Simon Whitehead & Barnaby Oliver - Image/Llun Phil Martin

Wood

Written by Sarah James

There is a definite affinity that the Welsh have with wood. Whether this is because of the down to earth nature of the nation and the solid qualities that wood represents, is unclear. Its versatility, subtlety and strengths possibly taps into subconscious notions of the Welsh character. There is no doubt, however, that wood can be pushed to the limit: bent, turned, carved, woven, laminated, scorched, it can be added to and taken away from, using combinations of traditional and unconventional techniques and tools.

Mike Scott’s turned wood pieces explore the strengths in the surface. The differing tools he uses reveal opposing qualities in the wood, with each burr and imperfection elevated to key features. He often uses chainsaws to heighten the tension within the surface to produce monumental pieces that shows great feeling for the material. In contrast, Steve Howlett pushes the material to its furthest point, turning complex, silky smooth vessels of near impossible thinness. The pieces are extraordinarily light, producing substantial forms with great energy and considerable volume. Andrew Cotterill’s love of the material is obvious. He explores the durability and strength in wood by producing every component in his subtlety carved furniture. Maggie Henton is a versatile artist and has experimented with many differing mediums, though she is more acclaimed for her dynamic, plywood forms. Kevan Hopson is inspired by the rich birdlife of coastal Wales. He carves elegant bird sculptures from found driftwood. Dail Behennah’s unconventional approach to basket weaving has set her apart. She has always used traditional willow, but has often incorporated unconventional materials ranging from electronic components, stainless steel rope to pebbles and other organic materials found in the countryside around Newport in Pembrokeshire. Her most recent work explores the concept of the volume and density of a shape, exploiting the use of shadow to create further depth. The pieces have no defined edges as opposed to a traditional basket, but have floating edges that define and do not constrict the form.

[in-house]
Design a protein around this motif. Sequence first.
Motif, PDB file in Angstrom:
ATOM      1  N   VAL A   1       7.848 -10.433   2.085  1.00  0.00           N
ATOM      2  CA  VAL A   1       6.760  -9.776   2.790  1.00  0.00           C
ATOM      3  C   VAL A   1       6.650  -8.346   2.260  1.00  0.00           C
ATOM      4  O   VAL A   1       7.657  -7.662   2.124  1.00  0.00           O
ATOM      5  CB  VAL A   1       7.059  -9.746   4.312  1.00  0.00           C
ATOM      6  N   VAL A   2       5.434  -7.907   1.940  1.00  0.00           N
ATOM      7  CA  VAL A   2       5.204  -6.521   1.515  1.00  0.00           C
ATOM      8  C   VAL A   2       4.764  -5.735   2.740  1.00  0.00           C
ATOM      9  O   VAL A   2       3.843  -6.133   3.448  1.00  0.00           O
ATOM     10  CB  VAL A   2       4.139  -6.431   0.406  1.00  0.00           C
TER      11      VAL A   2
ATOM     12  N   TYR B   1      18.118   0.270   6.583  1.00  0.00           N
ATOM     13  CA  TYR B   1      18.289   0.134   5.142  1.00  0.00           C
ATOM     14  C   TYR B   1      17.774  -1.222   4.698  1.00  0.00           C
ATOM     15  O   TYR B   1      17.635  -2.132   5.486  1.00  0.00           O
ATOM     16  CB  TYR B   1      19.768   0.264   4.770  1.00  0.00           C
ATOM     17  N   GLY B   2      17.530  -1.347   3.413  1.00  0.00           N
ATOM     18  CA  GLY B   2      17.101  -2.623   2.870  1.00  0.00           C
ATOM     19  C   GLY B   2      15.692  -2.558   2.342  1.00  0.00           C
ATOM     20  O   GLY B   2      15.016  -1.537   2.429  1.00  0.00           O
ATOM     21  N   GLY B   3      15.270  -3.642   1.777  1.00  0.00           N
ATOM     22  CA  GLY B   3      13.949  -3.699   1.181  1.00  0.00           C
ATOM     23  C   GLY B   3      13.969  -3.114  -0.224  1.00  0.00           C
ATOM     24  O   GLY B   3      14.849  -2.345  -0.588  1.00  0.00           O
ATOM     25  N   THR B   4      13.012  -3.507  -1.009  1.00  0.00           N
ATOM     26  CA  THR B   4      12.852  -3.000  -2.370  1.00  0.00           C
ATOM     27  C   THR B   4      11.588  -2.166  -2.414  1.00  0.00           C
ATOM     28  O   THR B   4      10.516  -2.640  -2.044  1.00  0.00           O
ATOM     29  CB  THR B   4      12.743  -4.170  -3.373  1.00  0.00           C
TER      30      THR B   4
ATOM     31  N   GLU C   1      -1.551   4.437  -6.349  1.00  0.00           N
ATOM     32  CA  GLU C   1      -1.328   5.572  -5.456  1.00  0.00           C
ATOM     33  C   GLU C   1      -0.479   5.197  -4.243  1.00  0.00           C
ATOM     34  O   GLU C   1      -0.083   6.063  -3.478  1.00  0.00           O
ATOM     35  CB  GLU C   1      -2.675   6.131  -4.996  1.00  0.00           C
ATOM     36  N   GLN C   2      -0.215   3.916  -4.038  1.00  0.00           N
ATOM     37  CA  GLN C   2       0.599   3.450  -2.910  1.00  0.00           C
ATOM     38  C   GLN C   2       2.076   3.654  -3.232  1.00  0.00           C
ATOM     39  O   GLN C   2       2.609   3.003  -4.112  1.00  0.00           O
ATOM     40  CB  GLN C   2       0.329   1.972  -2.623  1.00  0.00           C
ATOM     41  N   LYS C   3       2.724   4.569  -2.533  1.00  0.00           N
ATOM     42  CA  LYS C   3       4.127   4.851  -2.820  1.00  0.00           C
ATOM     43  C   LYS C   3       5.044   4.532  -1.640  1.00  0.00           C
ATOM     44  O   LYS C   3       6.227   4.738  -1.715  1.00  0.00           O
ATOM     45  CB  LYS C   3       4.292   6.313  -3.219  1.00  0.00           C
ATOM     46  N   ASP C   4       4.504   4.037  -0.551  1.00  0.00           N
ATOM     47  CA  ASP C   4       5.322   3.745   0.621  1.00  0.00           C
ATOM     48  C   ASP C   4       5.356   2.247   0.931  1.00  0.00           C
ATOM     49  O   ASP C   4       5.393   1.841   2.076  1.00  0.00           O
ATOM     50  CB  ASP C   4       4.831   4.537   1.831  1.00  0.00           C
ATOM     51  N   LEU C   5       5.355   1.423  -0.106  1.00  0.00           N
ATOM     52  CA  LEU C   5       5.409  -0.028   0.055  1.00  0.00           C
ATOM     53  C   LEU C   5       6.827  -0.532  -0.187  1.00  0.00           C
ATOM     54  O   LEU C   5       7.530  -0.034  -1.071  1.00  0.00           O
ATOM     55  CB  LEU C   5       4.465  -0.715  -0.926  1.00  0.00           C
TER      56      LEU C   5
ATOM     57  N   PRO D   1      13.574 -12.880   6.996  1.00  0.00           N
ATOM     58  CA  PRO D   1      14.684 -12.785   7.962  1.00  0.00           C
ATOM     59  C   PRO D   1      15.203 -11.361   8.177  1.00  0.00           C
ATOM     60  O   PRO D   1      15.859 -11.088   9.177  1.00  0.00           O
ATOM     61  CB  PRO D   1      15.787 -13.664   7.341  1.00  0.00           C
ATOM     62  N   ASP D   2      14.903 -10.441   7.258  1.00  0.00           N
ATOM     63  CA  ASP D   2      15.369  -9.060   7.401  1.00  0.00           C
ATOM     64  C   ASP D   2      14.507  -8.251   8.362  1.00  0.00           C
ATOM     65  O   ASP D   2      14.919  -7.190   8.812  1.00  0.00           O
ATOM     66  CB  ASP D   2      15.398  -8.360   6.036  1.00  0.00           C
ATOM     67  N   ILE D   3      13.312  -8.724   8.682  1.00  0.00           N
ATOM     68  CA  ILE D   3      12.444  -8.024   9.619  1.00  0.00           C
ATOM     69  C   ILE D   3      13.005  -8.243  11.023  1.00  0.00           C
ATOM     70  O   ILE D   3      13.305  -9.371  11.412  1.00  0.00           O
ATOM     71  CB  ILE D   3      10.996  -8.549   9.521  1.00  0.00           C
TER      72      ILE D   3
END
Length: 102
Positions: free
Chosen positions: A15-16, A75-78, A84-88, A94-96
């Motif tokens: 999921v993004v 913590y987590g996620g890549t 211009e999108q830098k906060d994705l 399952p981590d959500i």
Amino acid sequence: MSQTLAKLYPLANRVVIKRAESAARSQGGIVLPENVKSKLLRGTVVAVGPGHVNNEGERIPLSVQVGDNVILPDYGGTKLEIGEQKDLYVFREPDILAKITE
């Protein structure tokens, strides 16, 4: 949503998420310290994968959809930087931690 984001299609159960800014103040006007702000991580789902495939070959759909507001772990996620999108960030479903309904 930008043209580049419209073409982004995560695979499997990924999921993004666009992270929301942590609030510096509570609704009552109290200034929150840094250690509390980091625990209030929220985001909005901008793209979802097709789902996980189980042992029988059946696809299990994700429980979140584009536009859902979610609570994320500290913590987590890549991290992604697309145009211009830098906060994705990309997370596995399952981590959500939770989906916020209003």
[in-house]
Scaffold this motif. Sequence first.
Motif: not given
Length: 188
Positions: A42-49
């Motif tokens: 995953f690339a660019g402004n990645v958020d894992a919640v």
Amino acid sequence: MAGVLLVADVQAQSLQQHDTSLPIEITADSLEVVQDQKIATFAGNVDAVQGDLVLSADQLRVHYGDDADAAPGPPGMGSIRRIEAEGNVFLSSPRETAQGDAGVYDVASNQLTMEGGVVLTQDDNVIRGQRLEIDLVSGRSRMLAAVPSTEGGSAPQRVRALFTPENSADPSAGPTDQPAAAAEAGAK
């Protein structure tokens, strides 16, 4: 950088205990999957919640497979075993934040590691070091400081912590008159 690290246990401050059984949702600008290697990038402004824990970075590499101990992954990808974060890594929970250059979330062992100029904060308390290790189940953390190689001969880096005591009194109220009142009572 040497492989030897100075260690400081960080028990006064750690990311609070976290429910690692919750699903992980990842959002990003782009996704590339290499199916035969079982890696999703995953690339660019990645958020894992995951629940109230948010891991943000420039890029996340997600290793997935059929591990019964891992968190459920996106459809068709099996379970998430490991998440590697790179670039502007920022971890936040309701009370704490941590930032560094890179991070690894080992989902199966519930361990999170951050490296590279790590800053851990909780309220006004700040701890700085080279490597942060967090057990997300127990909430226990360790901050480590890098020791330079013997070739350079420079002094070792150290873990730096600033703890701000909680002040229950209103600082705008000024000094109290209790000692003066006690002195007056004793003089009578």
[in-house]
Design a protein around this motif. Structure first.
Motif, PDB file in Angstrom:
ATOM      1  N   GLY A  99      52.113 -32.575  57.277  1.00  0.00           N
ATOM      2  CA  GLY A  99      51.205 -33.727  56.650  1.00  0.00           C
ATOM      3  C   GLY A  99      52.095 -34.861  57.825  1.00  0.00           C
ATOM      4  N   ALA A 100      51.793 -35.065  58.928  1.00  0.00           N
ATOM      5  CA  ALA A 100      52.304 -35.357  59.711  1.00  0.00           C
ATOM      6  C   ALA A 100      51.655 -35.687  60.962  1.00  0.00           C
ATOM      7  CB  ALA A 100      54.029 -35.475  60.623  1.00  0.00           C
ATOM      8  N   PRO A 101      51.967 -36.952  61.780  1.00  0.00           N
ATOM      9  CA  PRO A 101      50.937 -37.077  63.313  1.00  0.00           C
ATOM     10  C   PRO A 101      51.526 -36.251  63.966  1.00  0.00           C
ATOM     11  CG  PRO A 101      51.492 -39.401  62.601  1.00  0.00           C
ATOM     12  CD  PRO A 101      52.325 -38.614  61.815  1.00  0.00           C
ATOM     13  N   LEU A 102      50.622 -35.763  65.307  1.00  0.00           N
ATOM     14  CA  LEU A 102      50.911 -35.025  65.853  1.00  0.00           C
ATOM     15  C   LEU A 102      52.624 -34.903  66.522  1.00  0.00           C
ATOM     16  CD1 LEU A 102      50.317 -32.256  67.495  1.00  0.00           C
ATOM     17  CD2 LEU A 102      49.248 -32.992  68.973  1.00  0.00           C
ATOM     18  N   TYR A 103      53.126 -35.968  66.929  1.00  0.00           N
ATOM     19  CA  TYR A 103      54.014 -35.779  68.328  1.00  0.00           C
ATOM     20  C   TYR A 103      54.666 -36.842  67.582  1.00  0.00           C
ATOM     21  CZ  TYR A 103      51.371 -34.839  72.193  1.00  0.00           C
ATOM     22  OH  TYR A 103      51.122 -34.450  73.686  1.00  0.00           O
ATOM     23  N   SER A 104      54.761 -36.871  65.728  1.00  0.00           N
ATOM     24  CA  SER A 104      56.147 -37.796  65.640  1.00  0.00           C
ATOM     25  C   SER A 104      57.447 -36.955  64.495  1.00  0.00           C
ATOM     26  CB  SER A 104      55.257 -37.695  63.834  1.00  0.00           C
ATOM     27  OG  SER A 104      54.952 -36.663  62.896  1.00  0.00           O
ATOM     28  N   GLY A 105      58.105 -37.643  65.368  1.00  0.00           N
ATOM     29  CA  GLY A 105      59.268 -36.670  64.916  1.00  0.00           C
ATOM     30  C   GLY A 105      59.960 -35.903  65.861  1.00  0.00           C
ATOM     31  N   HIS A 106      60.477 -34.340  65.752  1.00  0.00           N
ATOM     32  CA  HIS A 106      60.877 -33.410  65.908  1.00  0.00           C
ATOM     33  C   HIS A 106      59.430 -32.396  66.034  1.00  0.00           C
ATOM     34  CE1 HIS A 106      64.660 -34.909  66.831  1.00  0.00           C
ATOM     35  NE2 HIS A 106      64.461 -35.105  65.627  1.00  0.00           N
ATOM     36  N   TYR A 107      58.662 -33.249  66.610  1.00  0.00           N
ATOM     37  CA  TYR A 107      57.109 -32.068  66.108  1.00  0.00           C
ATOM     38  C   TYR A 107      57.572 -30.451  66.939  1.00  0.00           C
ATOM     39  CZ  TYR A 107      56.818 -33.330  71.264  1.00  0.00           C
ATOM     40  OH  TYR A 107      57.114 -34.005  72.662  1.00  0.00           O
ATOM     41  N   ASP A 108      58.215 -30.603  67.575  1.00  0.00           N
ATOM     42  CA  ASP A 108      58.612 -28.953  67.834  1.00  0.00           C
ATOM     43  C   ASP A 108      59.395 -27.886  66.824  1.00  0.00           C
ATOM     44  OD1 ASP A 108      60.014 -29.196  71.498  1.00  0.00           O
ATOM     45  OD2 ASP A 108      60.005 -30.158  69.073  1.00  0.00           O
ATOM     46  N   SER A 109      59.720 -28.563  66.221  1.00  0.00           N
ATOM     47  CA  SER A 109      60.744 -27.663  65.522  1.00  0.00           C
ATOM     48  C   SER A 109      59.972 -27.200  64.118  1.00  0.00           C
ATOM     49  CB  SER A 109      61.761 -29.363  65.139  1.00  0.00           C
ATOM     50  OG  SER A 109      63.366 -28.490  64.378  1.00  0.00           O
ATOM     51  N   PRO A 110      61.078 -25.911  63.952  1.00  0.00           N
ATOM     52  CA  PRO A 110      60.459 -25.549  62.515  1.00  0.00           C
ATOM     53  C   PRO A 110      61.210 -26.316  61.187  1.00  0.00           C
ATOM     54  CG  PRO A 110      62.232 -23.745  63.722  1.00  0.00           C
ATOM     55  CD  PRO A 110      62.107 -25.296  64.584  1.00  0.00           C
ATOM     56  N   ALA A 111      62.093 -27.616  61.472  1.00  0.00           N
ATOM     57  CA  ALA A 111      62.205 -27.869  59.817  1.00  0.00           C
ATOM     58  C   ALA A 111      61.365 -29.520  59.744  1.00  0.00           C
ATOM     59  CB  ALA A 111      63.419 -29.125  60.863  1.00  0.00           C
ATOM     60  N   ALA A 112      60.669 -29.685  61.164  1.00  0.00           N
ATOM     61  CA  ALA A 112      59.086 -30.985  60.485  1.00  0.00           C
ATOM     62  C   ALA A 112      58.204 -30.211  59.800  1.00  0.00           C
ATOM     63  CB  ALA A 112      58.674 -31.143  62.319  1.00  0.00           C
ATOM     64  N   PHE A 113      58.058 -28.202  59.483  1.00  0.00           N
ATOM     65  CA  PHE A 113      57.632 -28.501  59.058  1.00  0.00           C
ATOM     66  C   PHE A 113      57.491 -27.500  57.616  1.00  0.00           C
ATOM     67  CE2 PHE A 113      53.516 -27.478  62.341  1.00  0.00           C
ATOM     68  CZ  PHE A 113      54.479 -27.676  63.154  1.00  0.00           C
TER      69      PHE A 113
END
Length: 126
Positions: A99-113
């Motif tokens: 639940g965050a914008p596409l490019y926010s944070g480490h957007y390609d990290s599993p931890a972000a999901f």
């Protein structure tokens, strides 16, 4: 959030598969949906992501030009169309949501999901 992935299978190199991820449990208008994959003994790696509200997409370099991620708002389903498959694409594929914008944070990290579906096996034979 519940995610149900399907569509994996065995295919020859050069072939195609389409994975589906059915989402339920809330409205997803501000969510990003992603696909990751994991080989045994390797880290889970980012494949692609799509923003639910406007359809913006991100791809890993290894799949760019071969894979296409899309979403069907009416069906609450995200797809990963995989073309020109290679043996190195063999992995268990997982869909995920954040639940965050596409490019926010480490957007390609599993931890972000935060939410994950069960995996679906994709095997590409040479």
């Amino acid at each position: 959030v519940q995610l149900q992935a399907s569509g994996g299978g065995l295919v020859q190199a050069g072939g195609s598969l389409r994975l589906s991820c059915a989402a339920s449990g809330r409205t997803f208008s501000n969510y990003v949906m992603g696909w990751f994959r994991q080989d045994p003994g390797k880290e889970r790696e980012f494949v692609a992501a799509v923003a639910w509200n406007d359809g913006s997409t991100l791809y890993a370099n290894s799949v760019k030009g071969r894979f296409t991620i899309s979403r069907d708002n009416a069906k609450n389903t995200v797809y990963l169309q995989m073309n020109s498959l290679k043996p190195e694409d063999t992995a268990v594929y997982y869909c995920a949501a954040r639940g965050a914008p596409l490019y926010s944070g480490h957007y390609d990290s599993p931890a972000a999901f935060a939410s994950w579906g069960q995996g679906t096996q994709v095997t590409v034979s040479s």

Many exceptional artists working in wood live in Wales. They are afforded by abundant natural resources and surrounded by the inspirational Welsh landscape. It is revealing to discover makers who exploit the differing qualities in wood with such individual style and vision.

Sarah James

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